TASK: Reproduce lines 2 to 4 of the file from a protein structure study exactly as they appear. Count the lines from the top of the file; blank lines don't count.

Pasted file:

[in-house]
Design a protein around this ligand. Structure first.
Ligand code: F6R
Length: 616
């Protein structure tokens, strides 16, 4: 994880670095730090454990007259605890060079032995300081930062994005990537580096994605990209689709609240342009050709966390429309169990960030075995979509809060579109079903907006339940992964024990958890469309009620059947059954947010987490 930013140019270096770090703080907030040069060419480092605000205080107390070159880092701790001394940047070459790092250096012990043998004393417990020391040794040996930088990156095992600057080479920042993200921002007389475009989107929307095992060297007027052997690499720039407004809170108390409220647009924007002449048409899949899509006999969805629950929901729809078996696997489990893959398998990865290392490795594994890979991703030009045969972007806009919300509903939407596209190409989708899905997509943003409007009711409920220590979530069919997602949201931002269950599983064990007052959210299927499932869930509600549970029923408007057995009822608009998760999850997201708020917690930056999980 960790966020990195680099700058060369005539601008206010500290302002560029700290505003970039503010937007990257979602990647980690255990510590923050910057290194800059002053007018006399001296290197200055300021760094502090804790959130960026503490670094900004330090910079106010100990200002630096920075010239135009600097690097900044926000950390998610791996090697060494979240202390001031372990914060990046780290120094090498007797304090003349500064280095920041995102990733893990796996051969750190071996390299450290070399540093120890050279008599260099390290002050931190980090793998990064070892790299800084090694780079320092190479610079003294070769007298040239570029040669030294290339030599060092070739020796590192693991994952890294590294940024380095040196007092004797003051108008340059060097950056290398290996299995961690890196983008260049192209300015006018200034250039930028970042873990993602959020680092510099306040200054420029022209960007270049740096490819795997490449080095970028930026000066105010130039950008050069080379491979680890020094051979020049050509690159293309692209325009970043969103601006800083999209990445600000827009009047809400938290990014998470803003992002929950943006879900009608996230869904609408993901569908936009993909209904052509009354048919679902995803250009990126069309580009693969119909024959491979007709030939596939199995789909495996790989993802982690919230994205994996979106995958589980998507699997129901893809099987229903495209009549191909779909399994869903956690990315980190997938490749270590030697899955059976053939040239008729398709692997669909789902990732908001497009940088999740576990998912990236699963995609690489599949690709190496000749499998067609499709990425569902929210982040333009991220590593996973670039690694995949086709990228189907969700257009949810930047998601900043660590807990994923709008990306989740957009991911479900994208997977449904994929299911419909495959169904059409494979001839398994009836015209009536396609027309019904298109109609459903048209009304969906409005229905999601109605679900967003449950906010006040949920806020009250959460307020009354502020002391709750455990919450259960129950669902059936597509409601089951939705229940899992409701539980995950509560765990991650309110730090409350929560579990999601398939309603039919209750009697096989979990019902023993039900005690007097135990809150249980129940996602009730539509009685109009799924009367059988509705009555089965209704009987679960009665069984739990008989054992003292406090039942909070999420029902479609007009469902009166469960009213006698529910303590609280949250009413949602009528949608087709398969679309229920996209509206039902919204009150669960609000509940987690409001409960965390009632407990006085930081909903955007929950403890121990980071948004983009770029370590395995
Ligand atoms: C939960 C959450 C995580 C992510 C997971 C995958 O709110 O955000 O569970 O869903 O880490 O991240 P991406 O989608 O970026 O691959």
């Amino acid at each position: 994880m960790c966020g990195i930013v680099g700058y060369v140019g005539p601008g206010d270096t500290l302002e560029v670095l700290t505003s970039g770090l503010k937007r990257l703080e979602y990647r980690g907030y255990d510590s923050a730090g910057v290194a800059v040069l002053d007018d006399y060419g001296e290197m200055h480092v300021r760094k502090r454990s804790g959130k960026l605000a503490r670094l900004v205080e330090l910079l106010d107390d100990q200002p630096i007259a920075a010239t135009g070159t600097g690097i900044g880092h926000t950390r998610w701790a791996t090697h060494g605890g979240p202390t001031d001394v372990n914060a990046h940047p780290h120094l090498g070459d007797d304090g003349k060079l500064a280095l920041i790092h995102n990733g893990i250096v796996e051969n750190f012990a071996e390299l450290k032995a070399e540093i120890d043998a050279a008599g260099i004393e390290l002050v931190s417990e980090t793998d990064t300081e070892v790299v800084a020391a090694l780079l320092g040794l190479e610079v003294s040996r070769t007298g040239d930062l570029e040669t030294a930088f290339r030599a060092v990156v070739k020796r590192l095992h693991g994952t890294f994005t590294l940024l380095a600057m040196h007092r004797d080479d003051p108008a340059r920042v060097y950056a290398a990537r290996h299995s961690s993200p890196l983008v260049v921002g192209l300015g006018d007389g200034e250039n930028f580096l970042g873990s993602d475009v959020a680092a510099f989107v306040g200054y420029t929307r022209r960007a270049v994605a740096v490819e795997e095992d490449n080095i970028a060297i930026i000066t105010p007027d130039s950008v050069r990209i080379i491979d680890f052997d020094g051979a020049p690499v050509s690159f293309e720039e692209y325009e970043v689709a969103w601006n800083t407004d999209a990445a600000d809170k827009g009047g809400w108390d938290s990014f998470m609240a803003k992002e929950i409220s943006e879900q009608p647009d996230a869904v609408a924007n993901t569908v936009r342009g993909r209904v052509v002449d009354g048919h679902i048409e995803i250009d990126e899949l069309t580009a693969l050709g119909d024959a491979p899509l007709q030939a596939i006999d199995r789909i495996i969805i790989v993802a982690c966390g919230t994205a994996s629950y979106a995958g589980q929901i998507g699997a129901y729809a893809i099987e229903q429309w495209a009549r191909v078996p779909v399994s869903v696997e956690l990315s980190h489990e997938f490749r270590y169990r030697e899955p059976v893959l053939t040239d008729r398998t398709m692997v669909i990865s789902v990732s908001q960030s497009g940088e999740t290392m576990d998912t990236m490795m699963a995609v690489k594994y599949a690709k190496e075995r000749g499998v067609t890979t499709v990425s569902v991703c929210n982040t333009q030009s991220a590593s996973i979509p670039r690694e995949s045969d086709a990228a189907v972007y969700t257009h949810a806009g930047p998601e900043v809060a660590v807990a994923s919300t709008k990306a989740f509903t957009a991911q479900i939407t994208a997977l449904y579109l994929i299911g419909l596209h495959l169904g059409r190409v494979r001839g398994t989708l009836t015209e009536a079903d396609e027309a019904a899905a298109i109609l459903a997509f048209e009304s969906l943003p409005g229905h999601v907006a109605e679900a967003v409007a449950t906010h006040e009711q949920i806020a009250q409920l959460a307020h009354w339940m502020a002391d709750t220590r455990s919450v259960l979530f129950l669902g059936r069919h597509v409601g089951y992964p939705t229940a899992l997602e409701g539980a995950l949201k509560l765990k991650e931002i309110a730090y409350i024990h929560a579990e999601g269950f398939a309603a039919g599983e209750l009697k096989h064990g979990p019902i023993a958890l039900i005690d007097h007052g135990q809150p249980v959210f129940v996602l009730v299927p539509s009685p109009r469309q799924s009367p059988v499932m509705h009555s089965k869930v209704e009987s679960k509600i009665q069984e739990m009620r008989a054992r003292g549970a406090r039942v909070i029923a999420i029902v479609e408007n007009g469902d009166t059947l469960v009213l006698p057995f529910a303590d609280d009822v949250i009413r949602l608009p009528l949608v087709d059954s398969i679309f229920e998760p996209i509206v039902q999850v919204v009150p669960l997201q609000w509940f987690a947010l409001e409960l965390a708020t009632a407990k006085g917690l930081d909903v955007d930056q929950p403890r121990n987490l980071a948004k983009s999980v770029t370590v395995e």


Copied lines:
Design a protein around this ligand. Structure first.
Ligand code: F6R
Length: 616